Recap: Worcester Academy 66, Cushing 63

WORCESTER, Mass. -- With two seconds remaining on the shot clock, eight seconds remaining in the game, and with the score tied, Worcester Academy had to pull off a miracle if they wanted to win against favored Cushing Academy.

It was their ball, and Hilltoppers head coach Jamie Sullivan burned two timeouts to draw up the perfect play to get the upset. In the end, the play didn't end up being perfect, but it most definitely worked. Worcester won the game, 66-63, after Olivier Paul-Betu knocked down a wild three-pointer off of the backboard.

“We were trying to run a back screen to get a layup but they cut it off. Olivier [Paul-Betu] did a good job of coming to the ball and getting the shot up there,” Sullivan said. “Hey, we’ve lost on a few shots like that this year, and I think today was our day.”

Worcester had been trading baskets with Cushing for the entire second half even though they were down by 12 in the first half. Despite missing their two main big men, 6-foot-9 Matt Cimino and 6-foot-8 Andrew Scocca, the Hilltoppers clawed back.

Rene Castro did a bulk of the scoring for Worcester. Castro finished with 31 points, including 14-of-23 from the field, and added five rebounds. Five of Castro's field goals turned into three-point plays, all of which he converted.

“Since my shot was not really falling and I had a couple of missed lay-ups, I just decided at one point in the first half to go stronger to the hole,” said Castro.

His teammates Ausar Madison and Tyreik McCauley also chipped in 10 points apiece.

Cushing's Andrew Chrabascz was unstoppable in the post to start the game, but had a hamstring cramp midway through the second half. The Portsmouth, R.I. native managed to tough it out and come back into the game but was not enough to push his team over the top. He helped push his team on an 8-2 run at the beginning of the game with his array of fundamental post moves, and finished with 25 points.

Worcester’s 11-4 run to start the second half ultimately shifted the momentum in their favor, and helped them get the win.

“Cushing Academy is a tremendous basketball team,” said Sullivan. “I believe this win would help us in the New England rankings. We had ten games to go, and we had our backs against the wall. We needed to assert ourselves and we got this big win. This will help us with our confidence level knowing that we can compete and contend at the AA level but it’s far from over.

"We have to play New Hampton Friday, which bodes as a big threat. I really believe in these guys though because they do such a good job of preventing other teams from doing what they want to do.”

Pressing Issues: What truly changed for Worcester in the second half was the way it attacked the Cushing Academy guards on defense.

“We just tried to run a man-to-man, 94 feet from the basket press,” Sullivan said. “I’ve been saying all year long that I think we have the best backcourt in New England to bring defensive pressure. We don’t have a great shot-blocker and we don’t have much size. To be a good defensive team, we have to pressure the basketball and try to take teams out of what they are running.”

Madison was particularly impressive. Despite only standing at 5-foot-9, he held 6-foot-2 Cushing sophomore point guard Kaleb Joseph to eight points. The Worcester guards' defense successfully prevented the ball from getting in the hands of Cushing big men.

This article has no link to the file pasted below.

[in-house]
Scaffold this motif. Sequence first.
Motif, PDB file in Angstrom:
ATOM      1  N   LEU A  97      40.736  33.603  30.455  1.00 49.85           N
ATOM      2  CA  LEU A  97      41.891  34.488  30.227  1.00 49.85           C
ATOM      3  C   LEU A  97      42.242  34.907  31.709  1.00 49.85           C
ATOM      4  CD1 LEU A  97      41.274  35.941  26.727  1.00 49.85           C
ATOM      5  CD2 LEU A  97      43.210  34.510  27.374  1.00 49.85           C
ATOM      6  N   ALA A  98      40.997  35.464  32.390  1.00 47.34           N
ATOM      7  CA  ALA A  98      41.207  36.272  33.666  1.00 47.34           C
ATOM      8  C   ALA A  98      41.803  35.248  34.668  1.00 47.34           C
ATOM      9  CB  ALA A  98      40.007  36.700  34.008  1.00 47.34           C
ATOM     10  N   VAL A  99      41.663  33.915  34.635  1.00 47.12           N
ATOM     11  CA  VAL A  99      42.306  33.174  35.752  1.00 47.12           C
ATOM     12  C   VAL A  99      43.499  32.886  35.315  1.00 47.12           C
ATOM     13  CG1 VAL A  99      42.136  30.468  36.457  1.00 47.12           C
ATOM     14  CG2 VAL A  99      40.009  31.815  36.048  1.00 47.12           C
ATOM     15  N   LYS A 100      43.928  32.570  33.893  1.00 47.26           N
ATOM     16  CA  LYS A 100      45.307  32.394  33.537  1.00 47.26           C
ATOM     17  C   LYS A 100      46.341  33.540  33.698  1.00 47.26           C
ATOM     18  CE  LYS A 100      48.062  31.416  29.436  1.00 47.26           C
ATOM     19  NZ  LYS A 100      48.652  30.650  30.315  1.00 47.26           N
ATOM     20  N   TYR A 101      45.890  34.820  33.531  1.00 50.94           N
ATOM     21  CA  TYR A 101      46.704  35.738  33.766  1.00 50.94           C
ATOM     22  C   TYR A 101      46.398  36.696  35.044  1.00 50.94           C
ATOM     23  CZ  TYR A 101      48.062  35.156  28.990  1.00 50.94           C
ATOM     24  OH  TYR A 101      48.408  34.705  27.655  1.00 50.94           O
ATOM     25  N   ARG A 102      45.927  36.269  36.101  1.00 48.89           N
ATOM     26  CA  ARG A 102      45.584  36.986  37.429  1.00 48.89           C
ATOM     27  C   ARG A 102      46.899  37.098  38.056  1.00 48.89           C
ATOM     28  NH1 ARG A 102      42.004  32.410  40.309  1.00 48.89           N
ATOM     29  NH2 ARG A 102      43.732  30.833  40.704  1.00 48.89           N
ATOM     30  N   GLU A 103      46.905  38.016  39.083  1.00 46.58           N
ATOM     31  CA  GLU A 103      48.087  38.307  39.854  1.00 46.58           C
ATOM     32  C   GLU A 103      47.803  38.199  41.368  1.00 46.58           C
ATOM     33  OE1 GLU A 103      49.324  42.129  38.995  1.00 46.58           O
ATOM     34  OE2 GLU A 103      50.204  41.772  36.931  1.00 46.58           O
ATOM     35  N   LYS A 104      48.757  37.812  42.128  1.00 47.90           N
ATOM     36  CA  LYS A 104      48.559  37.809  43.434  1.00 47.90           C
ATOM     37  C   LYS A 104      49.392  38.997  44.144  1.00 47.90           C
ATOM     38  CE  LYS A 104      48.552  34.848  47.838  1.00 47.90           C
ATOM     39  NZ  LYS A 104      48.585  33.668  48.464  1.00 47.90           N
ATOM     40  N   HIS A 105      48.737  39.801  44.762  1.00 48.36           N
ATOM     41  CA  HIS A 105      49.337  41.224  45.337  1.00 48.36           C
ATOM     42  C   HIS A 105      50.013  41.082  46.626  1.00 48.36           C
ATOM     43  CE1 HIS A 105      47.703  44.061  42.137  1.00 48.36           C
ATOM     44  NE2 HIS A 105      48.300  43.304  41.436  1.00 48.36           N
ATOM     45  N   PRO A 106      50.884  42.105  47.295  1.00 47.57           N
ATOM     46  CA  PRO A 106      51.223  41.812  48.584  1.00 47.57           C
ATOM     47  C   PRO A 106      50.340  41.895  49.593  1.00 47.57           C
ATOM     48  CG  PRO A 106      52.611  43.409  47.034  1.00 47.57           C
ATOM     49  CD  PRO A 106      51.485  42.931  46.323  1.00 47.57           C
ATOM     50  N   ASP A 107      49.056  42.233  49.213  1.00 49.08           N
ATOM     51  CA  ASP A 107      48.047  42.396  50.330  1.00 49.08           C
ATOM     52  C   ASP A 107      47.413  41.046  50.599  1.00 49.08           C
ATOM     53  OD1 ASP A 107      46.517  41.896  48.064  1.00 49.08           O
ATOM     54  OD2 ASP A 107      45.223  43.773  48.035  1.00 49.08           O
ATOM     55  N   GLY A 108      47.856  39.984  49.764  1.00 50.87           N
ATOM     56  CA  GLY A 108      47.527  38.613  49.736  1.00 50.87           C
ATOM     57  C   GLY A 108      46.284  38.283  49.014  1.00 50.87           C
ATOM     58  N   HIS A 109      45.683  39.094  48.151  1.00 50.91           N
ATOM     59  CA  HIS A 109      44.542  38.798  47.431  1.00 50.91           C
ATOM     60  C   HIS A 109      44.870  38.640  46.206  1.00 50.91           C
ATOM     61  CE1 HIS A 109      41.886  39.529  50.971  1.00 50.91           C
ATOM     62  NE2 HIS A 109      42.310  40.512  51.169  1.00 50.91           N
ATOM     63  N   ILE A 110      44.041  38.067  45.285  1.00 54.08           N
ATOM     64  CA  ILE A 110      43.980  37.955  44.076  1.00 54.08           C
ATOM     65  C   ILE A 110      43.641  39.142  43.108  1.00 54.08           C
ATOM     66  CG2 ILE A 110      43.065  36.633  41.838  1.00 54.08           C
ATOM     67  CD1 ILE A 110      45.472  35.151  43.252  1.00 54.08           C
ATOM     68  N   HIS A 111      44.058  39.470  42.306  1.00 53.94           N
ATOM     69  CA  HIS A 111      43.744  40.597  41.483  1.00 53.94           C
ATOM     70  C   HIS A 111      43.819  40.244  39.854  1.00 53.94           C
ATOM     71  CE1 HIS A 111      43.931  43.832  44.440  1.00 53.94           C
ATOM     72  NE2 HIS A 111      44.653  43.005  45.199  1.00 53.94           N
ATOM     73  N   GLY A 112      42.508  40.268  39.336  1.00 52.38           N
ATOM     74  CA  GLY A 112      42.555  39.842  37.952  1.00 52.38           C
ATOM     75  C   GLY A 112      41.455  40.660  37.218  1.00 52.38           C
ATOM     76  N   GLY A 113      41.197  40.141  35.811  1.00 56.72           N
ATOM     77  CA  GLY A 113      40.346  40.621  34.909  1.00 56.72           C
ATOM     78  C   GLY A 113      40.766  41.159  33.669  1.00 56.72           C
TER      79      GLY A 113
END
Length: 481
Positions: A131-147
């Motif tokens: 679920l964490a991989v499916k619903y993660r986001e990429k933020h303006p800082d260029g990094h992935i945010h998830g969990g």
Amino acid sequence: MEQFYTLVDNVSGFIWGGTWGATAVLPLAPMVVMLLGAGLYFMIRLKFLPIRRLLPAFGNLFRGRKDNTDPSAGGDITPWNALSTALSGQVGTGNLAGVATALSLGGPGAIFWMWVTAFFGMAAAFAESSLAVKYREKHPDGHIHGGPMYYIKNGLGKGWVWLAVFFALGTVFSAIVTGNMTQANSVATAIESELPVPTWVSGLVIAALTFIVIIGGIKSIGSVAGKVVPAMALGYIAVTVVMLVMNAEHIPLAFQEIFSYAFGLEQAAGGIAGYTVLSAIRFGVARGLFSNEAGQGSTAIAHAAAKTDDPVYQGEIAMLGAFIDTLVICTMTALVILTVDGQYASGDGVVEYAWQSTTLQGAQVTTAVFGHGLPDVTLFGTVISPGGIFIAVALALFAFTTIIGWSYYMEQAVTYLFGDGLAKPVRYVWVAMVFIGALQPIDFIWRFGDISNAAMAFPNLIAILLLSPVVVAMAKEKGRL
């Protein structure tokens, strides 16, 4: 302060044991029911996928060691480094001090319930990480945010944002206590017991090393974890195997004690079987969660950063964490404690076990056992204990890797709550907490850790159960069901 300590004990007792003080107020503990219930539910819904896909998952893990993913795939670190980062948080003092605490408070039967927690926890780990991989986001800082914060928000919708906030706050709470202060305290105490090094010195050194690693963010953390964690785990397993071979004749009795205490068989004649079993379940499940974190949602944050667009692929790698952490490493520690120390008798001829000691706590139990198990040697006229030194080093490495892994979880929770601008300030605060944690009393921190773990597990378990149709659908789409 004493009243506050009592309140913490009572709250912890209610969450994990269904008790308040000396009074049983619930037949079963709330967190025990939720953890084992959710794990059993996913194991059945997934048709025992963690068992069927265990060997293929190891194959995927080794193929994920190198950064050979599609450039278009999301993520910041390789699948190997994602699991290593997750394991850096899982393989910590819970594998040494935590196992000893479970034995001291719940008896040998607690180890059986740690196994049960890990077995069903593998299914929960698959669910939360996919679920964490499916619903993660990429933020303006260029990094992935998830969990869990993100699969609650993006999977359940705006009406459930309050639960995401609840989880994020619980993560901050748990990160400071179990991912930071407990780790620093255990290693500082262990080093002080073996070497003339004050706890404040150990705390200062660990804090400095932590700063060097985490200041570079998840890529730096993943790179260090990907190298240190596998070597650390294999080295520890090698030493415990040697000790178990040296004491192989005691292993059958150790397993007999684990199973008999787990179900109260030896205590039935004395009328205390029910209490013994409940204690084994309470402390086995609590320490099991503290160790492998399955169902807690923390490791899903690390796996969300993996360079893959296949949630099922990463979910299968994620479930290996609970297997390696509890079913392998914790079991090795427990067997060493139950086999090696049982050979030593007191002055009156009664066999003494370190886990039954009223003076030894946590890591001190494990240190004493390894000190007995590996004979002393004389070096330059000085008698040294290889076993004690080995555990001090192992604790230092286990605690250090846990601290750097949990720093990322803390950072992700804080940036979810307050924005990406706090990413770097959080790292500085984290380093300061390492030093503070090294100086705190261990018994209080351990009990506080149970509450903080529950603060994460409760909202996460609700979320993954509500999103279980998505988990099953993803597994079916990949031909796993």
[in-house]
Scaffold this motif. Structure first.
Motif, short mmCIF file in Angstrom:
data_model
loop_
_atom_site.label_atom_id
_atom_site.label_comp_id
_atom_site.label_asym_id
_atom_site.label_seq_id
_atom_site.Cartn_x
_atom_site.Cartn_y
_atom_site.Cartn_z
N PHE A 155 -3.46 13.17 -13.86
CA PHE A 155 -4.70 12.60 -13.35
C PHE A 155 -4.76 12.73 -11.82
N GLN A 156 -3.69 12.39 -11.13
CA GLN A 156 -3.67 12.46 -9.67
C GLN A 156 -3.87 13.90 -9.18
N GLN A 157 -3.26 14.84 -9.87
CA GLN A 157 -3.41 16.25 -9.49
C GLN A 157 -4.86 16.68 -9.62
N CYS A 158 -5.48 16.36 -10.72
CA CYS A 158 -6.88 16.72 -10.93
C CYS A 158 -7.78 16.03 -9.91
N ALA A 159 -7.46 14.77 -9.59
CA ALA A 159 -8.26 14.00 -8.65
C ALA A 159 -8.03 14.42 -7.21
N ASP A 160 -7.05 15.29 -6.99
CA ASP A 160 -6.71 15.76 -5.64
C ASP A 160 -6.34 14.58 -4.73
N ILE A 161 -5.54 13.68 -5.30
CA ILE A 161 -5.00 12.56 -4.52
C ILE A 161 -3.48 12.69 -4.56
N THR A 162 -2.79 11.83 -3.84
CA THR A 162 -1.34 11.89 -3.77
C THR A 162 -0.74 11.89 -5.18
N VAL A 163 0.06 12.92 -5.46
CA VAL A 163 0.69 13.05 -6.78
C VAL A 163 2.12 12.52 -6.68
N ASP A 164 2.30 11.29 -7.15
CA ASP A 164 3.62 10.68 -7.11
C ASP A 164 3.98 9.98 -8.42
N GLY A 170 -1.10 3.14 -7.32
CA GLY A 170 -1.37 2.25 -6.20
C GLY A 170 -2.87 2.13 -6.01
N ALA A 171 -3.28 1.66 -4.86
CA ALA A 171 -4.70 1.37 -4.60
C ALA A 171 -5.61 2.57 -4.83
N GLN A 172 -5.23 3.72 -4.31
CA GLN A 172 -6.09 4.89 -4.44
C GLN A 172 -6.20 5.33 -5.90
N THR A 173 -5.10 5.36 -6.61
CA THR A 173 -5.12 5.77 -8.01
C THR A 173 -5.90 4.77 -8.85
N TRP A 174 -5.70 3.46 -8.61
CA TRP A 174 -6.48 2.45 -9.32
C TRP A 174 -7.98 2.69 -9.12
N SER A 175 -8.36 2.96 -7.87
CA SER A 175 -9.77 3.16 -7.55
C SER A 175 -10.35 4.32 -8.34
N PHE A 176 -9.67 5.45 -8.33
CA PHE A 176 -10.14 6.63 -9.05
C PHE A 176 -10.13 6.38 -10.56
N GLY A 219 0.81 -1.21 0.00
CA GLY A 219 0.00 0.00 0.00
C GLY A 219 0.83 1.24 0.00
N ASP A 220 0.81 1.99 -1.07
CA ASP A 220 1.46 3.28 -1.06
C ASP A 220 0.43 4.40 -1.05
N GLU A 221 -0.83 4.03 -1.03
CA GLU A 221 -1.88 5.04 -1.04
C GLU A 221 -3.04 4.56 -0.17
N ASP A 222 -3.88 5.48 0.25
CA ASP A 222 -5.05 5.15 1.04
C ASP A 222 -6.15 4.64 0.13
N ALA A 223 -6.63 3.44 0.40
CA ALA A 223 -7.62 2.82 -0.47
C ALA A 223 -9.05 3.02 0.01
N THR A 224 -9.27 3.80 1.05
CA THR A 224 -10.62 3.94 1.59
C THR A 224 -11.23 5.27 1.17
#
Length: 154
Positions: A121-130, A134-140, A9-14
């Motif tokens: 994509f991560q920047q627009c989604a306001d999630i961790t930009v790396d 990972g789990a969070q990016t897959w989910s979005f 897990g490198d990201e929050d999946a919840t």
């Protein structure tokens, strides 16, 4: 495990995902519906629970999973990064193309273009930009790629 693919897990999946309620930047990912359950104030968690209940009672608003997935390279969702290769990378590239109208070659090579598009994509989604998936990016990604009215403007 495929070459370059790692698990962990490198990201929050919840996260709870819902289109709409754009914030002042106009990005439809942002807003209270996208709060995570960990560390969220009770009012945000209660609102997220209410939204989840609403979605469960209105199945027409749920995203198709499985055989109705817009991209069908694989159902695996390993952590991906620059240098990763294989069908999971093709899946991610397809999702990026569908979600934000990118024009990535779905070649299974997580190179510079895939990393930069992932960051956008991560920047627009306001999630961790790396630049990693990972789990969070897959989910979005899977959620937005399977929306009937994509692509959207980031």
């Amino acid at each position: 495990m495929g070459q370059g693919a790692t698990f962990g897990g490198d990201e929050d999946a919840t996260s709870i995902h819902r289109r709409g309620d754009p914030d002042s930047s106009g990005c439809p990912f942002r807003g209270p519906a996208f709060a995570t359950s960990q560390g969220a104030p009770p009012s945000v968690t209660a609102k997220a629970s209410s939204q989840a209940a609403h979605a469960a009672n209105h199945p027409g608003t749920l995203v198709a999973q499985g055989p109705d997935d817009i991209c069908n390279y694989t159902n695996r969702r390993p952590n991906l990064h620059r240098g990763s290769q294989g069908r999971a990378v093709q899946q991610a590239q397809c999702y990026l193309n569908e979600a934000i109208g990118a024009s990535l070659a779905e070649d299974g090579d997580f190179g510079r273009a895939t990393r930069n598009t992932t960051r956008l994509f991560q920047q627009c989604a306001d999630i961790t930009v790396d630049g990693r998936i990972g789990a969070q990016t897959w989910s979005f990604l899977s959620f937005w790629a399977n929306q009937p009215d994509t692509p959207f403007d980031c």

Coach Sullivan added, “I think that we had to concentrate at what we are really good at and that’s pressuring the basketball. We were able to do that a little bit in the first half but Rene, Olivier, and Ausar really needed to pressure the ball more so that they could not get the ball in to Andrew Chrabascz and Tyler McFarland. “

No Big Deal: While Paul-Betu may have been an unexpected star in the end, there was another Worcester Academy player who came out of nowhere to fill big shoes. That was the sophomore big man McCauley, who used his god-given athleticism to grab unlikely rebounds and score inside.

“We haven’t seen that yet, but that’s why I recruited him here from Worcester’s own Holy Name," Sullivan said. "He’s a tremendous student. He has stuck with it and has been buried on the bench but I kept telling him to stick with it.”

With Cimino and Scocca out, McCauley saw his opportunity and had ten points and six rebounds. Despite sitting on the bench most of the season, McCauley waited his turn and ended up stepping up at the right time against a time that is known to score most of its points inside.

Castro’s Streak Continues: Castro’s 31 points was not anything out of the norm for him. He has been on a tear lately and just continues to put up big numbers.

“I guess last game I had 29 points so the streak ended, but I’ve had 30 or more in the past six out of our seven games,” said Castro.

Regardless of whether it is a seven game streak or a six game streak, one thing is for sure: Castro is maturing as a player at Worcester. Coach Sullivan has helped him become more of a leader on the court and it has helped them win their last seven games.

“He’s getting more and more comfortable with his teammates. Coming in, he did not have a great understanding of how to be a scoring guard and to takeover games,” said Sullivan. “Obviously I did not want him to think he was the only guy out there but I needed to get him to assert himself a little more. I also told him that if he focused more on defensive pressure, he would get a lot of easy baskets simply off of steals.”